Johannes Hostert: Bachelor's Thesis

Saarland University Computer Science

The Undecidability of First-order Logic over Small Signatures

Advisors: Andrej Dudenhefner and Dominik Kirst


The decidability of first order logic was an open question until 1938, when Church and Turing showed that many interesting properties of FOL are not decidable. Importantly, it is undecidable whether a statement is valid in all models, satisfied by a specific model or provable in an abstract deduction system.
Attention then shifted towards finding a better characterisation of what properties FOL must have to be undecidable. Notably, FOL with only unary predicate and function symbols is decidable, while FOL with a binary predicate is not.
All of these results have been formalised in this chair's library of undecidable problems. However, these proofs often employ a series of syntax compression steps which culminate in a single binary relation. We however propose a single reduction from a variant of Diophantine constraints, which aims to show a minimal logic undecidable without any signature compression steps. To our understanding, this has not been done previously. The scope of this bachelor thesis is to develop the required reductions and to formalize them in Coq, as part of the aforementioned library.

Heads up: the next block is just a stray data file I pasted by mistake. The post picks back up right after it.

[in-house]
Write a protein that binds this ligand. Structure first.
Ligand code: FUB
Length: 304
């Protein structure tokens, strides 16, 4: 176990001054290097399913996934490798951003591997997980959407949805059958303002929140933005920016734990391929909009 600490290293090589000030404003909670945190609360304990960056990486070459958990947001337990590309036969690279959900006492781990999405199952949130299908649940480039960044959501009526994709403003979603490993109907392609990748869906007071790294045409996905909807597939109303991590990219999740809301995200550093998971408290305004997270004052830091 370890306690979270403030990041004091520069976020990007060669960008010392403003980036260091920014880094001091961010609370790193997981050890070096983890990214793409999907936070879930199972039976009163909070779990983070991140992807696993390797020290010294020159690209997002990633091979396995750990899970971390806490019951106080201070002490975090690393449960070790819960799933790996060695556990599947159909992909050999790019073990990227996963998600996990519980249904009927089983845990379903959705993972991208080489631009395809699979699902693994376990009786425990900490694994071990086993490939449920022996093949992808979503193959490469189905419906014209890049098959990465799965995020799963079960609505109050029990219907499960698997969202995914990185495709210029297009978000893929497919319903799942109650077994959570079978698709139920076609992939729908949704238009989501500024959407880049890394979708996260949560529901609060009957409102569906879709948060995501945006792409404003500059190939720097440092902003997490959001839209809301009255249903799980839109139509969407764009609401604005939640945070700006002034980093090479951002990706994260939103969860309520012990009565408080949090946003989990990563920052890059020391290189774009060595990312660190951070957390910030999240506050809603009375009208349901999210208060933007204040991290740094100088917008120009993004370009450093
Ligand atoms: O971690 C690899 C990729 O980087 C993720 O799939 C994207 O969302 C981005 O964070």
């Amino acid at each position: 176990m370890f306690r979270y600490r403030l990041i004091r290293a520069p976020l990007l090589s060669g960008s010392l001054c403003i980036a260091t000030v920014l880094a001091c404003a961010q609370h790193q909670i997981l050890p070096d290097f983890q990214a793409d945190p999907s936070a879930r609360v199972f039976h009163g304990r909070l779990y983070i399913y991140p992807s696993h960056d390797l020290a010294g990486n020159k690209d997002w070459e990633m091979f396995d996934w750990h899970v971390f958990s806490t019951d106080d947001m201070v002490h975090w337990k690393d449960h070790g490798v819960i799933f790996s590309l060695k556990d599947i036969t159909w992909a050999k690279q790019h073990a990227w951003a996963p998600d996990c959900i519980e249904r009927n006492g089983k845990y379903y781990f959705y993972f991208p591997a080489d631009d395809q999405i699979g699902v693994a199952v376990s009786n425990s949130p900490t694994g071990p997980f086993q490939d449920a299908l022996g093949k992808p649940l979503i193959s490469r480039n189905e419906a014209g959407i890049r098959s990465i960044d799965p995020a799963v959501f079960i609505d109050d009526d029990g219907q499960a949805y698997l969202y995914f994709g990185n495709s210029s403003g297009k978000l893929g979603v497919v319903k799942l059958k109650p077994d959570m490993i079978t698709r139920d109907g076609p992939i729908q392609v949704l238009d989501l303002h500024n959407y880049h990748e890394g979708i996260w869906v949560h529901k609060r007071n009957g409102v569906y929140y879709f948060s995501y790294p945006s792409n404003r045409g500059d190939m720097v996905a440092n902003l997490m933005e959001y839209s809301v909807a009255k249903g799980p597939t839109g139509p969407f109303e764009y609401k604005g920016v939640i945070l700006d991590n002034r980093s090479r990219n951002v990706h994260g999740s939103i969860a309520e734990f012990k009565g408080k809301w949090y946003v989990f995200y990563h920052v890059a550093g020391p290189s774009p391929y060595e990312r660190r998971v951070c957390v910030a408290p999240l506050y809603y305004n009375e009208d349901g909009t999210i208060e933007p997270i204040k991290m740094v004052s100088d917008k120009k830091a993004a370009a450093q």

We aim to show that the following problems are undecidable for FOL with a minimal signature:

Current state

A memo outlining the current state can be found below. To summarize, we have mechanized a reduction from a variant of Diophantine constraints satisfiability to the following FOL problems: The reduction uses a single binary relation and is within the forall-implicative fragment, thus having a minimal signature. We have not yet used the mentioned proof mode, as it does not support having a dependant list of hypotheses.

Furthermore, we have now formalized a reduction from finite satisfiability. To be precise, we have mechanized the result that it is undecidable in general whether a certain FOL formula is satisfied by a finite model, if that formula has a single binary relation. Since finite satisfiability assumes that models behave classically, i.e. they are listable and all atomic predicates are decidable, this result still holds for formulas residing in the forall-implicative fragment with negation. Negation is necessary for satisfiability.



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